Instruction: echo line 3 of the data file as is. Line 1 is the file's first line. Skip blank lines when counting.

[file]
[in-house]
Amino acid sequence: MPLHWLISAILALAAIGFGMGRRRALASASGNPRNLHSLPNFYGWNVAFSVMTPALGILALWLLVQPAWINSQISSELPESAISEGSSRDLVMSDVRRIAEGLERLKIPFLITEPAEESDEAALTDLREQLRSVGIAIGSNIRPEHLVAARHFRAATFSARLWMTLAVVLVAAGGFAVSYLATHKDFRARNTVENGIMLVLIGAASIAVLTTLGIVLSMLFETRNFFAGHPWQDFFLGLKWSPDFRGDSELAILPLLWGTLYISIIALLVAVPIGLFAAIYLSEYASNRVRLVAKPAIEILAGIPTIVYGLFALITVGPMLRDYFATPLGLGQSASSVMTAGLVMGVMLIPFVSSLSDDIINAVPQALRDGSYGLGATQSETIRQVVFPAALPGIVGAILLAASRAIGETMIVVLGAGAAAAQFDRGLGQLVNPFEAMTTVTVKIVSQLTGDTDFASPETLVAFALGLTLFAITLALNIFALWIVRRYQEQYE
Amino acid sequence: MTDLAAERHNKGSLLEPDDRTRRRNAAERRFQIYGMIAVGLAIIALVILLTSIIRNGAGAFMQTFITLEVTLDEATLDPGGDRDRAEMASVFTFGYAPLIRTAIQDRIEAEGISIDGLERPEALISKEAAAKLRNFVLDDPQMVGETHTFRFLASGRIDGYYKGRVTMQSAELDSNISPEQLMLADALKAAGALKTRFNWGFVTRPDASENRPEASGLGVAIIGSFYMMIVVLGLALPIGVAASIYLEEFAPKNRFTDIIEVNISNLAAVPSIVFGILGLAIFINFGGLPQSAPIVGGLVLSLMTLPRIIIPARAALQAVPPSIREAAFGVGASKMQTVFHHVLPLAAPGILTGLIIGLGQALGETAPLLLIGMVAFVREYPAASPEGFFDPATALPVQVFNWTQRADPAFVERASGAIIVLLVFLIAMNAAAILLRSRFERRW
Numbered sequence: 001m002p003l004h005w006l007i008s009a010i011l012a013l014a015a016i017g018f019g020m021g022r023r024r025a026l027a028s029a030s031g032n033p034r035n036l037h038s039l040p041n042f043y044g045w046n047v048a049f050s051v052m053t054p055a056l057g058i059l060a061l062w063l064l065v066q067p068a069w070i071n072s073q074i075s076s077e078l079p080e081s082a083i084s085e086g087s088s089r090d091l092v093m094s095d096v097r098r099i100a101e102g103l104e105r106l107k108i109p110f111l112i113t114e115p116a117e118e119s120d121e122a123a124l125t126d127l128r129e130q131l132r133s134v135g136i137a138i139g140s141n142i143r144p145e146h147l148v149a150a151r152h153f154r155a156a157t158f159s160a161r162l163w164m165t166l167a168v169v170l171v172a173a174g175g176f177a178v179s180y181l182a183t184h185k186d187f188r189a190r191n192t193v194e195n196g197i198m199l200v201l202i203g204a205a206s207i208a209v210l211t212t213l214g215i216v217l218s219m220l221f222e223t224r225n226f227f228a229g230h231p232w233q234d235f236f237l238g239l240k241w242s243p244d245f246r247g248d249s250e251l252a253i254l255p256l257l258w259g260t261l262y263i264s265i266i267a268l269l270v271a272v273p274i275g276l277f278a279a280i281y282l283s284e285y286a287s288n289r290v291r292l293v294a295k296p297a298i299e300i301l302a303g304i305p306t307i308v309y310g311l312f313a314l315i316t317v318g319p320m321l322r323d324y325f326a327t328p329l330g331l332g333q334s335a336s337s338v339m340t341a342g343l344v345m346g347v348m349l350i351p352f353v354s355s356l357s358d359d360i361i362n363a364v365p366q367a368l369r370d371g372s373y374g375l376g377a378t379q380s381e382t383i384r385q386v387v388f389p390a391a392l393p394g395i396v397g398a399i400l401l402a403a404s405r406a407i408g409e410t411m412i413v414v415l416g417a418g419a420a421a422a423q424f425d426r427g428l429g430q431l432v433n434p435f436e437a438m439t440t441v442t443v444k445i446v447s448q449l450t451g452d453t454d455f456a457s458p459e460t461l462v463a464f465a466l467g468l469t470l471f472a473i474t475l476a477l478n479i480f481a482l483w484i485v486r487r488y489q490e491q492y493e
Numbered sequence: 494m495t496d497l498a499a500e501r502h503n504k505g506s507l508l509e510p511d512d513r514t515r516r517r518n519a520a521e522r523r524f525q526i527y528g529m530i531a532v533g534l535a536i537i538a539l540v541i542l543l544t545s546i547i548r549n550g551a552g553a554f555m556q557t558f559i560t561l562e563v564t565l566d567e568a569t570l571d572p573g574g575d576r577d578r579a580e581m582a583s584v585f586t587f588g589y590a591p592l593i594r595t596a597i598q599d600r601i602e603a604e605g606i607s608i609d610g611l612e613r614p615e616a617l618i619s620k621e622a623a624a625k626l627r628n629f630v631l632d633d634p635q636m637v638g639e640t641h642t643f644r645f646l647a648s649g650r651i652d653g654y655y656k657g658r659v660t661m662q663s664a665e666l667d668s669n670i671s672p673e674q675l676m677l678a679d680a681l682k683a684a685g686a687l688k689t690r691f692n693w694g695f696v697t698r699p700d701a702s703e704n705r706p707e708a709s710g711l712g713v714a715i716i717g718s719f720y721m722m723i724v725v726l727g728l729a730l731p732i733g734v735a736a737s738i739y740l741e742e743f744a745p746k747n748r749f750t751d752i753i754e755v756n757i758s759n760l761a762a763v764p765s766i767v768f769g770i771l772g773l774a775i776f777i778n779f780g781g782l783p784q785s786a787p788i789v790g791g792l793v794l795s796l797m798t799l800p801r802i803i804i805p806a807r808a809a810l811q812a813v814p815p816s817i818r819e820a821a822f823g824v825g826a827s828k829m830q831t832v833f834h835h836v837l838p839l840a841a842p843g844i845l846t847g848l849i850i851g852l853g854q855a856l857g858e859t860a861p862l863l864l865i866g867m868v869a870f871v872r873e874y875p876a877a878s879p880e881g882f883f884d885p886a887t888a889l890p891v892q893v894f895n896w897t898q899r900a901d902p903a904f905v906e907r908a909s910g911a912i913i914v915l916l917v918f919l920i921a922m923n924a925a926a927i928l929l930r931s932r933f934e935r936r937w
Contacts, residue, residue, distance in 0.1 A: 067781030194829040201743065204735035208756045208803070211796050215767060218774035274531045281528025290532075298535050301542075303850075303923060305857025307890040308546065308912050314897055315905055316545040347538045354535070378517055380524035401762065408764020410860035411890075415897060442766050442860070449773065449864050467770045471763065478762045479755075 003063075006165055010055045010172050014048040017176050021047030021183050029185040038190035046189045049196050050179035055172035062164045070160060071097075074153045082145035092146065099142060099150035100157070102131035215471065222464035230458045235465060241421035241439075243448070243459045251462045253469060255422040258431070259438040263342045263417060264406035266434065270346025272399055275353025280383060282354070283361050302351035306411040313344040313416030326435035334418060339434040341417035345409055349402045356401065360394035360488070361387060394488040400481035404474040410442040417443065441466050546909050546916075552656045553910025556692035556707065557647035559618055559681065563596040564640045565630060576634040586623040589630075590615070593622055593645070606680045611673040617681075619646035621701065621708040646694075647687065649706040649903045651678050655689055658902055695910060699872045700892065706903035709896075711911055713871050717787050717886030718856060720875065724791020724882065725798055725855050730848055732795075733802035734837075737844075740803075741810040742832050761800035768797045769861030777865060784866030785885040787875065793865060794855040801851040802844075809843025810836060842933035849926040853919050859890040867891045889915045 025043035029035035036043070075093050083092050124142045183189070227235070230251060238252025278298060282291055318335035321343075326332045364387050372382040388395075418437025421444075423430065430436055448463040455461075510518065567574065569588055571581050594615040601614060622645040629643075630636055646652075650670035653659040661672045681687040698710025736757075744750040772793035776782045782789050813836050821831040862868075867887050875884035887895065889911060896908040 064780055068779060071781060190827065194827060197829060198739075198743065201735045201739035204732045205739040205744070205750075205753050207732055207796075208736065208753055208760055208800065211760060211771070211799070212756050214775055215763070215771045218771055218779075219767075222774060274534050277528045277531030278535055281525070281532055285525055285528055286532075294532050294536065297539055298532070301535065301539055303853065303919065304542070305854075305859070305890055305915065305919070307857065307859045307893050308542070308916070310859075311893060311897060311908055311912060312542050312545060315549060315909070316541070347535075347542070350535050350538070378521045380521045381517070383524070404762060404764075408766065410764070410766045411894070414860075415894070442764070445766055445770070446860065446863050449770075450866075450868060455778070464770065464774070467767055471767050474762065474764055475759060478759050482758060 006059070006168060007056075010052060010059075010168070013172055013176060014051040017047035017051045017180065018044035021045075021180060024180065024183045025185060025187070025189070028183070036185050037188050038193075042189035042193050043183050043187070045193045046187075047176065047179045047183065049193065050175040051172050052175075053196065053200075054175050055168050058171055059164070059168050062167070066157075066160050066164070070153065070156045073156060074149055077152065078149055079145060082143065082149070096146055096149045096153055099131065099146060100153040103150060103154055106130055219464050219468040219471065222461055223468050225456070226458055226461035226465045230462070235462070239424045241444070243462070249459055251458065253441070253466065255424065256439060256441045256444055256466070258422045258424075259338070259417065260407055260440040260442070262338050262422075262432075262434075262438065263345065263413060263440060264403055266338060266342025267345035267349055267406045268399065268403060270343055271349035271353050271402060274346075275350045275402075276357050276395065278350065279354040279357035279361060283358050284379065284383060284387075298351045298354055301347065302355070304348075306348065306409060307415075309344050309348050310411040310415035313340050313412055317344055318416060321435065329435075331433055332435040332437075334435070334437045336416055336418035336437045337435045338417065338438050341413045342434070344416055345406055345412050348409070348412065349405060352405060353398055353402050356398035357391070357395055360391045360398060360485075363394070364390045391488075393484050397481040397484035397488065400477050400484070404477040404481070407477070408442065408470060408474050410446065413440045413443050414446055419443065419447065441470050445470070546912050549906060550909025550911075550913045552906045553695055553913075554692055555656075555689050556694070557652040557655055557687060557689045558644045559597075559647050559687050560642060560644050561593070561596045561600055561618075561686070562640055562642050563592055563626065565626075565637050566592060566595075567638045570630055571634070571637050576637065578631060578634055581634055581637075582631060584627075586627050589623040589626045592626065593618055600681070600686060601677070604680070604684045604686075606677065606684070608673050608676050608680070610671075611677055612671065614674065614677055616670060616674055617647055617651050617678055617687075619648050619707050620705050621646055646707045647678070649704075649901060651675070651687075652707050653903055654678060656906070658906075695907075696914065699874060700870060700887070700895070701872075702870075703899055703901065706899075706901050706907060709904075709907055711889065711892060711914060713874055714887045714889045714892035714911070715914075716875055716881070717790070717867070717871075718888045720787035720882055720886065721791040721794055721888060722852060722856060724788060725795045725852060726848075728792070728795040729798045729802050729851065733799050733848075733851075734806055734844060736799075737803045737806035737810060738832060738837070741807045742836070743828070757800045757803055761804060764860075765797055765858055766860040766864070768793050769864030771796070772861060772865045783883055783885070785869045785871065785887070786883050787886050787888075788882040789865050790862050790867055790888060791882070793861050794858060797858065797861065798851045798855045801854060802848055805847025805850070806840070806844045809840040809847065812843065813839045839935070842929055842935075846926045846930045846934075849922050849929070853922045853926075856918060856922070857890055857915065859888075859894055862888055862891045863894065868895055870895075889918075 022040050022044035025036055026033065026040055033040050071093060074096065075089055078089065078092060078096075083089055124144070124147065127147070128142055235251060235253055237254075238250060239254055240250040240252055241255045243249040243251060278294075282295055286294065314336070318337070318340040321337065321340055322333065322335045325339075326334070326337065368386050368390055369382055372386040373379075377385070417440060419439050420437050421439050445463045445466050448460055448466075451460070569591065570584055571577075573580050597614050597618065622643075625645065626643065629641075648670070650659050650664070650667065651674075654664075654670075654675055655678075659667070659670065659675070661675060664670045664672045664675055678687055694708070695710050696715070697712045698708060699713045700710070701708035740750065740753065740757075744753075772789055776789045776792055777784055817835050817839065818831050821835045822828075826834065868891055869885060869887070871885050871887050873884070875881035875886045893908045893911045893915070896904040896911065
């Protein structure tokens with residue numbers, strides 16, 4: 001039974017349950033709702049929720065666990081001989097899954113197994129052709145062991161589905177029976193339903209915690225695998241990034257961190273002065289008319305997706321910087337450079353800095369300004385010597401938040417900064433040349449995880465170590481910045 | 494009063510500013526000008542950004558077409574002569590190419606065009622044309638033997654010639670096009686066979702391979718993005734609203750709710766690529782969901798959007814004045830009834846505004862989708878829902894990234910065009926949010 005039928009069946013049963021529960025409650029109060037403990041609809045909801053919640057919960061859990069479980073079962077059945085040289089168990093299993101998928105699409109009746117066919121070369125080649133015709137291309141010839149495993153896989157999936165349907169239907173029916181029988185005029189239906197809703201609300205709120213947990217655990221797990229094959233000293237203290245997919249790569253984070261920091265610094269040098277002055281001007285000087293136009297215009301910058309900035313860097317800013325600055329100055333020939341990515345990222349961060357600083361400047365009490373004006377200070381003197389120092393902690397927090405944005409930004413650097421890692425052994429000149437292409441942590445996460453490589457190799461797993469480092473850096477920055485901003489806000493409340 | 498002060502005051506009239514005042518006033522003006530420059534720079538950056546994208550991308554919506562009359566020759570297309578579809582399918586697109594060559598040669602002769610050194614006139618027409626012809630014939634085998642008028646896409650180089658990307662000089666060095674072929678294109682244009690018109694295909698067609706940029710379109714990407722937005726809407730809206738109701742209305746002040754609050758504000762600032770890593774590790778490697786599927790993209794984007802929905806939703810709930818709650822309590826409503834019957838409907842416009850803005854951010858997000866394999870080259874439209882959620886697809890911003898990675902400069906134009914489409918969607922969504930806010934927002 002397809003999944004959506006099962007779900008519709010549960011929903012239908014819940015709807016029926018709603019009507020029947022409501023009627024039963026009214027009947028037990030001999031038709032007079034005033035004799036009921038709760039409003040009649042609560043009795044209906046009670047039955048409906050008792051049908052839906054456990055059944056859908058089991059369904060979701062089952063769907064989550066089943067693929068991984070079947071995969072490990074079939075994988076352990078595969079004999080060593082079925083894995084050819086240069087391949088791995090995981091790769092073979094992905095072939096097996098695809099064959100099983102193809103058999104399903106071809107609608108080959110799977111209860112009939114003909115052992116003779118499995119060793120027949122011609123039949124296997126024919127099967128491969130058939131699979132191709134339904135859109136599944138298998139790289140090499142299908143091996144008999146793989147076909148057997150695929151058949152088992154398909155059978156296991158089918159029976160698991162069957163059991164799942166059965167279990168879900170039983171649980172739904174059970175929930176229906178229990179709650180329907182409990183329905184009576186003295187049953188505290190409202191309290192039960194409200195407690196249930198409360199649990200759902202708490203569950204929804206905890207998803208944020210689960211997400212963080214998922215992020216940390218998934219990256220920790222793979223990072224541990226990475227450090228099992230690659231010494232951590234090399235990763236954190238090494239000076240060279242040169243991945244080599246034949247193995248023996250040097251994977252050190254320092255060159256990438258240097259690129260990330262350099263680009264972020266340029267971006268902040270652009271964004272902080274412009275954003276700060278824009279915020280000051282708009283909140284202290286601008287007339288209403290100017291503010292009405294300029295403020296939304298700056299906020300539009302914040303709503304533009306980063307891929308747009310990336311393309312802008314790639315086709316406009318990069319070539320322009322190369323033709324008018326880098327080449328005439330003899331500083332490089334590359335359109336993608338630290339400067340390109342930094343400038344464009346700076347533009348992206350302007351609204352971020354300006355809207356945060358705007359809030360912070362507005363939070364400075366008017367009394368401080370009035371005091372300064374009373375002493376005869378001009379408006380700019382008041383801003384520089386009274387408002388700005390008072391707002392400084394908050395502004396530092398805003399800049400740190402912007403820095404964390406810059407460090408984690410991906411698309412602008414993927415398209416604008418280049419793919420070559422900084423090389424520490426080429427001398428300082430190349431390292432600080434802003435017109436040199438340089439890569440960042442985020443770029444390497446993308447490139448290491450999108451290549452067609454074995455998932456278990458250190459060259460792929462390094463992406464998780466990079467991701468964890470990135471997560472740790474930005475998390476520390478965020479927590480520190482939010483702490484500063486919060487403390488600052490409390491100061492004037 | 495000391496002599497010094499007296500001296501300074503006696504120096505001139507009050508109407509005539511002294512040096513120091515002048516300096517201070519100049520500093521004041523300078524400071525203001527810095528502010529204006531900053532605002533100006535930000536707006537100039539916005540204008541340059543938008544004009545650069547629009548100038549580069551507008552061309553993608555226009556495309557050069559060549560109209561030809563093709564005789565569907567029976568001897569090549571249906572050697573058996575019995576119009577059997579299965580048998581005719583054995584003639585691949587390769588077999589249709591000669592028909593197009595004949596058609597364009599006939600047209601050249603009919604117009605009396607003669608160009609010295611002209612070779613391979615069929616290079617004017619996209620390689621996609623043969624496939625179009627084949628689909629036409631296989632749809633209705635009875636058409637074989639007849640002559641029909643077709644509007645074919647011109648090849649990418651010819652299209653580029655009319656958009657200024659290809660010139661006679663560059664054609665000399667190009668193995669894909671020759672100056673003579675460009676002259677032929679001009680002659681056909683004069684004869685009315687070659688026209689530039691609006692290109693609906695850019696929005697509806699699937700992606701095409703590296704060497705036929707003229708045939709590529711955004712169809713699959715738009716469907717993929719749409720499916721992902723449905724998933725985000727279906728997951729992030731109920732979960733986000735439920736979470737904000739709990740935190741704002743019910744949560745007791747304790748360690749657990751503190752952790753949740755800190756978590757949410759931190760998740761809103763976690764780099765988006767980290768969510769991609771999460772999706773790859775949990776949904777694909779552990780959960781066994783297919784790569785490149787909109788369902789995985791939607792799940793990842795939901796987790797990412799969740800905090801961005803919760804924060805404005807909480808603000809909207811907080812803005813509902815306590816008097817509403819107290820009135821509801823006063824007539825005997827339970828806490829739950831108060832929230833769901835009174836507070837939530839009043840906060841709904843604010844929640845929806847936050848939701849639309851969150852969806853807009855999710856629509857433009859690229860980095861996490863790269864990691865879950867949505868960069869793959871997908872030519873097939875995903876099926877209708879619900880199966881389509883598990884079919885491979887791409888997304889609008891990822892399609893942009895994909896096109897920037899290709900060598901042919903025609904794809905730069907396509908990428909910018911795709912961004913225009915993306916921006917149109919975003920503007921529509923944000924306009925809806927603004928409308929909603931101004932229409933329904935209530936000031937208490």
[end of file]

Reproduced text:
Amino acid sequence: MTDLAAERHNKGSLLEPDDRTRRRNAAERRFQIYGMIAVGLAIIALVILLTSIIRNGAGAFMQTFITLEVTLDEATLDPGGDRDRAEMASVFTFGYAPLIRTAIQDRIEAEGISIDGLERPEALISKEAAAKLRNFVLDDPQMVGETHTFRFLASGRIDGYYKGRVTMQSAELDSNISPEQLMLADALKAAGALKTRFNWGFVTRPDASENRPEASGLGVAIIGSFYMMIVVLGLALPIGVAASIYLEEFAPKNRFTDIIEVNISNLAAVPSIVFGILGLAIFINFGGLPQSAPIVGGLVLSLMTLPRIIIPARAALQAVPPSIREAAFGVGASKMQTVFHHVLPLAAPGILTGLIIGLGQALGETAPLLLIGMVAFVREYPAASPEGFFDPATALPVQVFNWTQRADPAFVERASGAIIVLLVFLIAMNAAAILLRSRFERRW